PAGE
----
Wednesday, February 29, 2012

Happier in Utah!

Utah and Alaska are the fourth happiest states of the Nation, according to a telephone interview survey conducted for the Gallup-Healthways Well-Being Index survey during 2011. A random-digit dial was used to sample 353,492 adults, aged 18 and older, living in the entire United States.

The number one state was Hawaii, followed by North Dakota and Minnesota. While I can understand why the Aloha State made it to #1, I don't quite understand why the two following states ranked so high, but I'm happy enough not to dig into the reasons why, and am even happier to live in a state where we are happier than most!

Tuesday, February 28, 2012

Economic redux?

There is no question that the U.S. Economy is beginning to show signs of improvement. For one thing, we were hit far harder than any other developed nation, so it seem just right that our bounce be more spectacular. Now, how solid and serious is that economic recovery? No one seems really sure.

What is clear to me however is that we won't return to the pre-financial crash “go-go years” any time soon. First, that period was totally under “steroids,” was a sham and today, the rules of the game have drastically changed. We're no longer alone “looting” the world. Sharing the wealth as become the key word. We may return to times that are less stressful, a bit more comfy, but we won't go back to the excesses of the pre-2008 period.

For one thing we'll now need to get out of our financial hole, most likely through a combination of austerity and tax hikes, and this alone will take a long time and all of the above may come to fruition if nothing crazy that is man-made, or nature-induced, suddenly brings down our slow process of reconstruction...

Monday, February 27, 2012

Three things we forget when we ski...

Almost all skiers have found the hard way that their sport is the most counter-intuitive there is. Yet, after a while and miles later, we seem to get used to it. We remember most moves and are able to cope. What remains true however is that when the going gets tough, we all revert to the same errors whether we are seasoned veterans, world class skiers or recreational practitioners who only get on snow five days a year.

We all seem to make the same mistakes. Over the years, I have found that those are always the same and three of them stood out. Of course, none of them are intuitive and can seem to be developed as a reflex-response. I'll list them today and for the one that I haven't really covered in that blog, I plan to discuss them in detail at some later date.

We can greatly facilitate the initiation of a turn by orienting the upper body into the slope. Plays a huge role as the terrain becomes steeper and the conditions are more difficult.

Upright stance:
By keeping an upright stance at all times, we force our knees and ankles to work more actively in balancing us.

Total relaxation:
By “playing it cool” and by not fighting the mountain or “attacking” we become much more efficient and save our energies. Tension is the enemy, cost strain and goes again a smooth glide.

That's it for the moment. Make a mental note of these three enemies and look for practical, step by step solutions to eradicate them from your ski life!

Sunday, February 26, 2012

A solution to the Syrian crisis

Mrs Clinton's recent declarations about China and Russia, while totally right, were both harsh, undiplomatic and unlikely to persuade both countries to reconsider their veto.
While we all agree that nothing constructive and speedy can happen without the realignment of these two world powers into the general consensus, both need to be convinced that it's in their best interest to change their tune with regards to the Assad regime. Here's what I would propose via behind-the-scenes diplomatic contacts.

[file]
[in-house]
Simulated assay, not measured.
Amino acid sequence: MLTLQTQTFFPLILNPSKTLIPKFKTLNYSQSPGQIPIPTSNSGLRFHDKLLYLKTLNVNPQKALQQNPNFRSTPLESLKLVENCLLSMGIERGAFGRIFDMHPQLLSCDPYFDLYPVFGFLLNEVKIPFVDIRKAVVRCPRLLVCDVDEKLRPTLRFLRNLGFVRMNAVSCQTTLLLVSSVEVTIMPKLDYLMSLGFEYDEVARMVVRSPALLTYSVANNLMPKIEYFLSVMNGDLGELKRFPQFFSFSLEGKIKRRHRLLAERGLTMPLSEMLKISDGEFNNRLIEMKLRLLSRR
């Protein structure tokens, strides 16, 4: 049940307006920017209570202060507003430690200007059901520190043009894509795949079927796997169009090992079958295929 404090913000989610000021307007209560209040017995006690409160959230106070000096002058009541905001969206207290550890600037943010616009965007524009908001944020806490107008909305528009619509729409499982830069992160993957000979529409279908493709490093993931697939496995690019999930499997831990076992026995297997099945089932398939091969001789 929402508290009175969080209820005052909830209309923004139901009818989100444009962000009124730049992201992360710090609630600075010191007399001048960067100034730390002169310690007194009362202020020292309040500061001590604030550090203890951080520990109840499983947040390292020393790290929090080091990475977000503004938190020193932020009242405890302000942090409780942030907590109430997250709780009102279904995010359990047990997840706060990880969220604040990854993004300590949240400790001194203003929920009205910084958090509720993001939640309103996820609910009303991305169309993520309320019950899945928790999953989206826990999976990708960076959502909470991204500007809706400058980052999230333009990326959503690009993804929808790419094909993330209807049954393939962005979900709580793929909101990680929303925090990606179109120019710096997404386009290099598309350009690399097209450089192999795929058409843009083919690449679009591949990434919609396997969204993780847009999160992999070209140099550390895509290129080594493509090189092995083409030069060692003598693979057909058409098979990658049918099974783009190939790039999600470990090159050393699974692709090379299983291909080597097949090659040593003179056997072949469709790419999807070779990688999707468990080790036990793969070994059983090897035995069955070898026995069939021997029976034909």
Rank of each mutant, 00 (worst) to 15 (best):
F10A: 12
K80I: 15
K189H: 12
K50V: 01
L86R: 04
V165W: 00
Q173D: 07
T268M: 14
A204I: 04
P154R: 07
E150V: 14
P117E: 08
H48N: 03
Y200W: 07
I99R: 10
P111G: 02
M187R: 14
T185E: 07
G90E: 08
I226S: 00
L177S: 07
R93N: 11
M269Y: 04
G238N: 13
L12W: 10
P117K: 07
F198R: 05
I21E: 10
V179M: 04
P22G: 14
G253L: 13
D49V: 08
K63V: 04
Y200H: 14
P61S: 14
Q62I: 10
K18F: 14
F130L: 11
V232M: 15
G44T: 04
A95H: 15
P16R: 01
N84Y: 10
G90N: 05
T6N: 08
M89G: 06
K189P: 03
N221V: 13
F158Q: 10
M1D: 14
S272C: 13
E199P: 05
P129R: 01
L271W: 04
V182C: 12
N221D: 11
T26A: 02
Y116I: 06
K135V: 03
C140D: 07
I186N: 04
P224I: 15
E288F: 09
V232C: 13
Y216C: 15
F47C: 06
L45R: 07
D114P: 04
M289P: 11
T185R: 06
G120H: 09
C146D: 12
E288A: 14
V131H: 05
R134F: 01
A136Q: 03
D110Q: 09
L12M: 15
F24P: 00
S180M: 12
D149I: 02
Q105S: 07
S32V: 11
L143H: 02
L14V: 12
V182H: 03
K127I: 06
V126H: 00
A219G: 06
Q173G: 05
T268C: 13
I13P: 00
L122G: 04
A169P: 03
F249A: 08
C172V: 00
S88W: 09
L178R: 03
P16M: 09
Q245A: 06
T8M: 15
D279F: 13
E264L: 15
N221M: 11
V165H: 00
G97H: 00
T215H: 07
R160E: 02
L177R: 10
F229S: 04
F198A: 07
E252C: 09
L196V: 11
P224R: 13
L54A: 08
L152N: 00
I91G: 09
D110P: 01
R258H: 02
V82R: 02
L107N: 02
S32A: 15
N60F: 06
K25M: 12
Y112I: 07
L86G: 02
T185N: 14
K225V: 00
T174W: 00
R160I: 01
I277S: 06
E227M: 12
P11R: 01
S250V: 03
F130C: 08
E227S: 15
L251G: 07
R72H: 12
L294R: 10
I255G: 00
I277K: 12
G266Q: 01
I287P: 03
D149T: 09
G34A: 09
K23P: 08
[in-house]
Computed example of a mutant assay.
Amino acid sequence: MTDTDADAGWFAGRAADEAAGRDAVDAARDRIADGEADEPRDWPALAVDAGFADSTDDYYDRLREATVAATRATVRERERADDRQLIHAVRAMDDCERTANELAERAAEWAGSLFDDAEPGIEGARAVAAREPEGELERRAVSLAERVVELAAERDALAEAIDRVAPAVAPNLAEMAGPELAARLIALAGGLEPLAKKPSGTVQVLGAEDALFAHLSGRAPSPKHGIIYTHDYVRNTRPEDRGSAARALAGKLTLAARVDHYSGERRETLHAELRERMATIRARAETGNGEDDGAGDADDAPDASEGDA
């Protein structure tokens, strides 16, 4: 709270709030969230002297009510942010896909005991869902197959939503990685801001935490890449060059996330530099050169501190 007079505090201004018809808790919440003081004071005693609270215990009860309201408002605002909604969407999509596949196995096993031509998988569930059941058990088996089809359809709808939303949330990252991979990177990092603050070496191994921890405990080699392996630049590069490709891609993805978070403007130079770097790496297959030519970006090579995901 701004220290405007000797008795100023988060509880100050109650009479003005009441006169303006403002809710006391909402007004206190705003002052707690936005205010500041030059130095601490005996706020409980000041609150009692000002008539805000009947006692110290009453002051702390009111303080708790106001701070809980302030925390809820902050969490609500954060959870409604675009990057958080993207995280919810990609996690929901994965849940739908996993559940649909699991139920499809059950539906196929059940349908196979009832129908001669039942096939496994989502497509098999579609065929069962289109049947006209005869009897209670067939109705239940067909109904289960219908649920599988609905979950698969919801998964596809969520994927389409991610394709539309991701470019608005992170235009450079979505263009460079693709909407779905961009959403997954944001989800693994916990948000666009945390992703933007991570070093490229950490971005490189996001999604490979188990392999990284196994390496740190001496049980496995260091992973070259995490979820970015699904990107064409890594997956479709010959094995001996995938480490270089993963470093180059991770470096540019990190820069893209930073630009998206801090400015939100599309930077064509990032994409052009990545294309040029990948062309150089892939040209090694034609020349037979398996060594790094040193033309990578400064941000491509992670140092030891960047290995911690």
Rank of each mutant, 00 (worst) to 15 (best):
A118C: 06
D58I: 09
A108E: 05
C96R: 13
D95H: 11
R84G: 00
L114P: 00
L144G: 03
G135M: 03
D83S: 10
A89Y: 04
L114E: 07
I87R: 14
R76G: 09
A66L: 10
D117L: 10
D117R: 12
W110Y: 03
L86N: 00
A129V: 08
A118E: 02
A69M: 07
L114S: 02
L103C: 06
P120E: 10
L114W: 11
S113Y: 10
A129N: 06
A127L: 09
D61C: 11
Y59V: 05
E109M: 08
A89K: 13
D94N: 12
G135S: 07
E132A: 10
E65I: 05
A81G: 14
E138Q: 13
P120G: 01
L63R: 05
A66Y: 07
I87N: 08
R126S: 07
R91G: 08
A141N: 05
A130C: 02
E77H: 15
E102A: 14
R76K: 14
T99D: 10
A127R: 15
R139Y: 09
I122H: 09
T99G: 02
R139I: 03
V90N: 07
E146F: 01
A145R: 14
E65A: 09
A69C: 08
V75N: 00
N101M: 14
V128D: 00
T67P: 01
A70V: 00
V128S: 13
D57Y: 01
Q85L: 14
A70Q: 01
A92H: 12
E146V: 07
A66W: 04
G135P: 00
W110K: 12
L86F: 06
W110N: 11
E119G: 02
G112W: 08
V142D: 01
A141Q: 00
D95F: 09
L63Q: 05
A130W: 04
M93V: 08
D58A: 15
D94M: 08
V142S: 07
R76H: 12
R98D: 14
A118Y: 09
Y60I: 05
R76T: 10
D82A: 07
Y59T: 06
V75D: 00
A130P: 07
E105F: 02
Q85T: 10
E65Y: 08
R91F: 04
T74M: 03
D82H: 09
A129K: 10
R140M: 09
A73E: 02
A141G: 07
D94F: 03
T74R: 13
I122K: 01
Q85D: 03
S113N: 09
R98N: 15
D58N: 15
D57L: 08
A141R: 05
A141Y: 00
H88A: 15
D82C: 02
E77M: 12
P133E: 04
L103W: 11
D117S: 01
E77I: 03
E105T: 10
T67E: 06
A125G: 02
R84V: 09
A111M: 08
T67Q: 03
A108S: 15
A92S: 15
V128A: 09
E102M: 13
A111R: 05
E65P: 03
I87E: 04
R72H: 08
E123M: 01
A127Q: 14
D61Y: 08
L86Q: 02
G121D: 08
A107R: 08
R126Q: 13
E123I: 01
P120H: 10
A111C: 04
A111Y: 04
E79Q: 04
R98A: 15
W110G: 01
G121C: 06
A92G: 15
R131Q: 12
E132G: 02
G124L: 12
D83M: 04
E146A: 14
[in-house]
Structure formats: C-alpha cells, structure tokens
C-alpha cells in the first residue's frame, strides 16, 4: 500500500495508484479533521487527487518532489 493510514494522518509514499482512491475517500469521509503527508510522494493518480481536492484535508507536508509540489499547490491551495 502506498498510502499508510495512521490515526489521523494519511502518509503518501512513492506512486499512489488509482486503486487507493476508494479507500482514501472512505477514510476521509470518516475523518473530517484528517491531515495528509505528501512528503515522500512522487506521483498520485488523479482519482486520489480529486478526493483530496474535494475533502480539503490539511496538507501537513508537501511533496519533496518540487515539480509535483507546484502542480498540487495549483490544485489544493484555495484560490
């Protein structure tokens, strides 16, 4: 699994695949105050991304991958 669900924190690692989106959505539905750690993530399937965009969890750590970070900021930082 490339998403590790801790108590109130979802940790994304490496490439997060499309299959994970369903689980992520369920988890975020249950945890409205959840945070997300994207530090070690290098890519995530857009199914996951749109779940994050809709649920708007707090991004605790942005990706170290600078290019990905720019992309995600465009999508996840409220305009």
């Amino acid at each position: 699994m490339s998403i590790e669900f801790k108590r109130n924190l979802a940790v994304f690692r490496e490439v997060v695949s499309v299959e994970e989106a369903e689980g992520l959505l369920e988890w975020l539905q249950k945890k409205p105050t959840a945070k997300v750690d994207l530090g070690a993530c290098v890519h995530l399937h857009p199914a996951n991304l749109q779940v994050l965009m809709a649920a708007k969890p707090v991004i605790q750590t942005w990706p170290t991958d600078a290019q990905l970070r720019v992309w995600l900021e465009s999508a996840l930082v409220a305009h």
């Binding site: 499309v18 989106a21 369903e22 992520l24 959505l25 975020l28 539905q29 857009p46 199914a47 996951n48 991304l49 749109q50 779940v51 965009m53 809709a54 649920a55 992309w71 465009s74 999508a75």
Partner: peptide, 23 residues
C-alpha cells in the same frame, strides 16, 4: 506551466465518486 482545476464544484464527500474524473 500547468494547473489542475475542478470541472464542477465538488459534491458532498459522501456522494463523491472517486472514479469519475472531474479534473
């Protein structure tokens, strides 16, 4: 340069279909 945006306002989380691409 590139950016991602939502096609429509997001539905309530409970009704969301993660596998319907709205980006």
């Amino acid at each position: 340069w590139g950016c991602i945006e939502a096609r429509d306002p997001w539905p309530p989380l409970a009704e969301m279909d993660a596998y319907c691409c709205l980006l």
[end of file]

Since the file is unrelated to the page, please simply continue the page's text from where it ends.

Russia: Suggest that unless the country doesn't join ranks with the rest of the world, the National Olympic Committees of Europe, Australia, Canada, Japan and the United States will boycott the Sochi Olympics.

China: Suggest that consumers are about to begin boycotting Chinese made products. Not in a massive (unrealistic) manner; the action would be progressive and that way could prove particularly devastating for the Chinese economy. At its inception, that move might entail 25% of a household consumption, but would increase to 33% and so on.

In both cases, give the two countries a one month time-frame to re-think their position before these “sanctions” begin to take effect. A simple, concerted diplomatic action that would bite these belligerent nation where it should.

Saturday, February 25, 2012

Happy 100th Birthday, Émile Allais !

Today the plan was to ski down the Vallée Blanche, but this couldn't be done as too many years are getting in the way ! The last time the French ski icon was on his boards was two years ago in Megève (photo) but skiing or not, he remains a ski hero that anyone, who genuinely loves the sport, will want to emulate !
Thanks for inspiring us, Émile !

Friday, February 24, 2012

Avalanche kills

Two nights ago, the windstorm was fierce and whatever little powder snow we had created what is called, “wind slabs” all over the ridges. Wind slabs are extremely dangerous because as the wind bounces the eroded snow across the snow surface, it grinds up the snow into small, dense particles. By the time they finally come to a rest on lee of an obstacle, where the wind slows down, they pack into a heavy, dense layer of snow that can easily overload any buried weak layer.

With such a huge avalanche danger, a young, 24 year old snowboarder ignored the warnings from the Utah Avalanche Center and triggered a rather small slide that nonetheless buried him under three and a half feet of snow and killed him in Dutch Draw, at Canyons, just above our favorite spot on the mountain. This is the second deadly accident in 7 years in that area. Be very careful!

Thursday, February 23, 2012

About ski headgear...